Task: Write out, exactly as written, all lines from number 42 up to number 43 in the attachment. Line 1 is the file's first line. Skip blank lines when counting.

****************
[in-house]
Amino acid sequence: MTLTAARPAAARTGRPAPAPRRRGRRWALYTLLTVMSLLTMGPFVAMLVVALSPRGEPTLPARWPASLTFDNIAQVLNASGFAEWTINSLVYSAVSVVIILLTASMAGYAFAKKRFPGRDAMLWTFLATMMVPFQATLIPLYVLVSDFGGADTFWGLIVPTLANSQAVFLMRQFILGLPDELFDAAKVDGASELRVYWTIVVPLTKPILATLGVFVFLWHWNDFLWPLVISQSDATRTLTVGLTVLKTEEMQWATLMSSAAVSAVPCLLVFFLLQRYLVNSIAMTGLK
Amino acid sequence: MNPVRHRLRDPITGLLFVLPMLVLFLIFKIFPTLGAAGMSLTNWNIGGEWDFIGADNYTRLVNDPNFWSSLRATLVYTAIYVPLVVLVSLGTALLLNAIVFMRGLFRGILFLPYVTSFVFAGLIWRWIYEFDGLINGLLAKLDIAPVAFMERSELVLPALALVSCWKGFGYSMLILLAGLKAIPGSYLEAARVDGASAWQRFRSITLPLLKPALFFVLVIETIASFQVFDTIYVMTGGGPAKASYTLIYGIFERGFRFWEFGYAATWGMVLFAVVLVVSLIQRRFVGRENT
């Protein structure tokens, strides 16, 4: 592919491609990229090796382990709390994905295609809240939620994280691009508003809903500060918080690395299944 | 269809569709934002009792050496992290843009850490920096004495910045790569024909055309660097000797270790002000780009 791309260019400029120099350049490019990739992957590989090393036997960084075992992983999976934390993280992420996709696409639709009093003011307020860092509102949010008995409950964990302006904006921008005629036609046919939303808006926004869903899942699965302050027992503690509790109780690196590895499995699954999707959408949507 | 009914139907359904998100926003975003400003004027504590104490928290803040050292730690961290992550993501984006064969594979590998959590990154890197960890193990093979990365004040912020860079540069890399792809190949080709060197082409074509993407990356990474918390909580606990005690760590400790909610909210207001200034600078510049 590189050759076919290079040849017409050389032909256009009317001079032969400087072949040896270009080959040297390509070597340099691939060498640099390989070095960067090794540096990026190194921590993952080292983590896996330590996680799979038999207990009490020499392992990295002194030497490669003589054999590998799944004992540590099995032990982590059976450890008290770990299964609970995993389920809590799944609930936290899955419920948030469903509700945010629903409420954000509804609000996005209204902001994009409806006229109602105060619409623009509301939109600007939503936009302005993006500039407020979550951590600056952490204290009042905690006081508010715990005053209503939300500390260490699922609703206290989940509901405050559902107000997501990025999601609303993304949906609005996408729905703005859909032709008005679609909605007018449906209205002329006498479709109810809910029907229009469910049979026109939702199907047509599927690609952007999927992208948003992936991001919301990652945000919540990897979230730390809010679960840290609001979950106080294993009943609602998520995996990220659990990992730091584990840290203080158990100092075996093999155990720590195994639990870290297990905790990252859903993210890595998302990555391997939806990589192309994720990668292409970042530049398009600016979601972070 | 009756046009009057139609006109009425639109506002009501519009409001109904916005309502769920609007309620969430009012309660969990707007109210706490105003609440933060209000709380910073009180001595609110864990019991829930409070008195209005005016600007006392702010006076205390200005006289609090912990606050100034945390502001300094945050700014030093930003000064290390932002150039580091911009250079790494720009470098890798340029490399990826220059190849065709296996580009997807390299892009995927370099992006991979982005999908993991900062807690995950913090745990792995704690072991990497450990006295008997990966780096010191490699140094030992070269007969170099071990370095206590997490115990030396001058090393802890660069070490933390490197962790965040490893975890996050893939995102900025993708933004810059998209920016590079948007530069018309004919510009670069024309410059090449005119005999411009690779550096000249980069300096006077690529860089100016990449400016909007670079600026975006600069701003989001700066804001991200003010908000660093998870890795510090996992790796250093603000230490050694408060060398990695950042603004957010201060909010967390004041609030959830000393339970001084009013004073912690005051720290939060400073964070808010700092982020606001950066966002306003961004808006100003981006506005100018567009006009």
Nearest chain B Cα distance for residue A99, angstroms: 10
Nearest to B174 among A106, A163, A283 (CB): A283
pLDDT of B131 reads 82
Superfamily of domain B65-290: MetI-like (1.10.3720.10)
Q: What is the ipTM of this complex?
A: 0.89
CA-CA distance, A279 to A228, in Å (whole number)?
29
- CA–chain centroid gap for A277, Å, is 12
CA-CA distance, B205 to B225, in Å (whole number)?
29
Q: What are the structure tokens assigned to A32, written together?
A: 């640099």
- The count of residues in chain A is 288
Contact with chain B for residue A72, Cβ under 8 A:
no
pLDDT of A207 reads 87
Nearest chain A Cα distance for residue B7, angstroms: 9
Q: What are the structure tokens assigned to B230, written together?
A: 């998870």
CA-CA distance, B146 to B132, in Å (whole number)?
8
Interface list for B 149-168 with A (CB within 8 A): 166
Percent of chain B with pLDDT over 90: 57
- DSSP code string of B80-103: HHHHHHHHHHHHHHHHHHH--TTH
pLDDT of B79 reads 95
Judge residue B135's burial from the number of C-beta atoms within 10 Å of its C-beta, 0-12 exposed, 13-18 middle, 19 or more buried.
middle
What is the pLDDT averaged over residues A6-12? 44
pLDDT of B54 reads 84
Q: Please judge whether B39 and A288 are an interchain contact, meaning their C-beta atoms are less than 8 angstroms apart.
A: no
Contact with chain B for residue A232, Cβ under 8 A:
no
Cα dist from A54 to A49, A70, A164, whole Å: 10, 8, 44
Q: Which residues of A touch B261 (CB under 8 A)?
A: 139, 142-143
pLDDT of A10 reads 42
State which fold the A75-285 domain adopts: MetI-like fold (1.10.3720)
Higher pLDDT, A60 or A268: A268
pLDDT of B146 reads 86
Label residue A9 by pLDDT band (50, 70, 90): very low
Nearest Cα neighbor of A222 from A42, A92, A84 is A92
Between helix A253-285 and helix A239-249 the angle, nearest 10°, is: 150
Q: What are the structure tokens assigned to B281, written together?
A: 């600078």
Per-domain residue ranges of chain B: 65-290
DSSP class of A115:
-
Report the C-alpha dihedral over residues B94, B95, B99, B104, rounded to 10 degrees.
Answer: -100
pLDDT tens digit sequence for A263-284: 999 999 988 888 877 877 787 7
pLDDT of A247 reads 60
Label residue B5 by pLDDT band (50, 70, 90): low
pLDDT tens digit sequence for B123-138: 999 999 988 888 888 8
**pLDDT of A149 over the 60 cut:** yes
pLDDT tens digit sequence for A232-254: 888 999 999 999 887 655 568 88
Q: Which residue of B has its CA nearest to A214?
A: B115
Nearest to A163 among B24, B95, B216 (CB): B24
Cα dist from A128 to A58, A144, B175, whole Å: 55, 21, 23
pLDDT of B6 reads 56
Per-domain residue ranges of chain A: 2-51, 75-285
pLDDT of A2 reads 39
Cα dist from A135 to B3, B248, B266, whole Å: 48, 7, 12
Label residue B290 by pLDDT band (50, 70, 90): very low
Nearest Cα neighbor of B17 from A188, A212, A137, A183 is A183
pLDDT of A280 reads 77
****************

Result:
pLDDT of A10 reads 42
State which fold the A75-285 domain adopts: MetI-like fold (1.10.3720)